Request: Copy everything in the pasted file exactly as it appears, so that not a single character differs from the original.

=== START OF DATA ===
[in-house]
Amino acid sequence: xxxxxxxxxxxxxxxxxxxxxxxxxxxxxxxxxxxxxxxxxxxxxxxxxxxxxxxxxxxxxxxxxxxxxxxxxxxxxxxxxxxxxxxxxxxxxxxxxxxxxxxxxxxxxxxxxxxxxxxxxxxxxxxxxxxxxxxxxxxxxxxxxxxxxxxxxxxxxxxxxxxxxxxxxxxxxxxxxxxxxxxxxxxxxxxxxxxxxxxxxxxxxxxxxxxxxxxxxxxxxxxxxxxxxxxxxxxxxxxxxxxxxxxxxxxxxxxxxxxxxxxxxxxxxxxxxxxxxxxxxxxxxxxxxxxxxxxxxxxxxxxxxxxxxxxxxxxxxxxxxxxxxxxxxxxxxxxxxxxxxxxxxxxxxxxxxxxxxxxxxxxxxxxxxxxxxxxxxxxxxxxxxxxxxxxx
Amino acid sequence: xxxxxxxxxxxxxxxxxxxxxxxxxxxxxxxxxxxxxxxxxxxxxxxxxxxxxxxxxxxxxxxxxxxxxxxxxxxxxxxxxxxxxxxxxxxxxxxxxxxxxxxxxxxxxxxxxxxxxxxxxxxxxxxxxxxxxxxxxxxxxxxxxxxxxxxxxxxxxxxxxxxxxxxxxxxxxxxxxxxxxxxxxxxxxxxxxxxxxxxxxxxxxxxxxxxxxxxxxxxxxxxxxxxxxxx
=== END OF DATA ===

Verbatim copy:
[in-house]
Amino acid sequence: xxxxxxxxxxxxxxxxxxxxxxxxxxxxxxxxxxxxxxxxxxxxxxxxxxxxxxxxxxxxxxxxxxxxxxxxxxxxxxxxxxxxxxxxxxxxxxxxxxxxxxxxxxxxxxxxxxxxxxxxxxxxxxxxxxxxxxxxxxxxxxxxxxxxxxxxxxxxxxxxxxxxxxxxxxxxxxxxxxxxxxxxxxxxxxxxxxxxxxxxxxxxxxxxxxxxxxxxxxxxxxxxxxxxxxxxxxxxxxxxxxxxxxxxxxxxxxxxxxxxxxxxxxxxxxxxxxxxxxxxxxxxxxxxxxxxxxxxxxxxxxxxxxxxxxxxxxxxxxxxxxxxxxxxxxxxxxxxxxxxxxxxxxxxxxxxxxxxxxxxxxxxxxxxxxxxxxxxxxxxxxxxxxxxxxxx
Amino acid sequence: xxxxxxxxxxxxxxxxxxxxxxxxxxxxxxxxxxxxxxxxxxxxxxxxxxxxxxxxxxxxxxxxxxxxxxxxxxxxxxxxxxxxxxxxxxxxxxxxxxxxxxxxxxxxxxxxxxxxxxxxxxxxxxxxxxxxxxxxxxxxxxxxxxxxxxxxxxxxxxxxxxxxxxxxxxxxxxxxxxxxxxxxxxxxxxxxxxxxxxxxxxxxxxxxxxxxxxxxxxxxxxxxxxxxxxx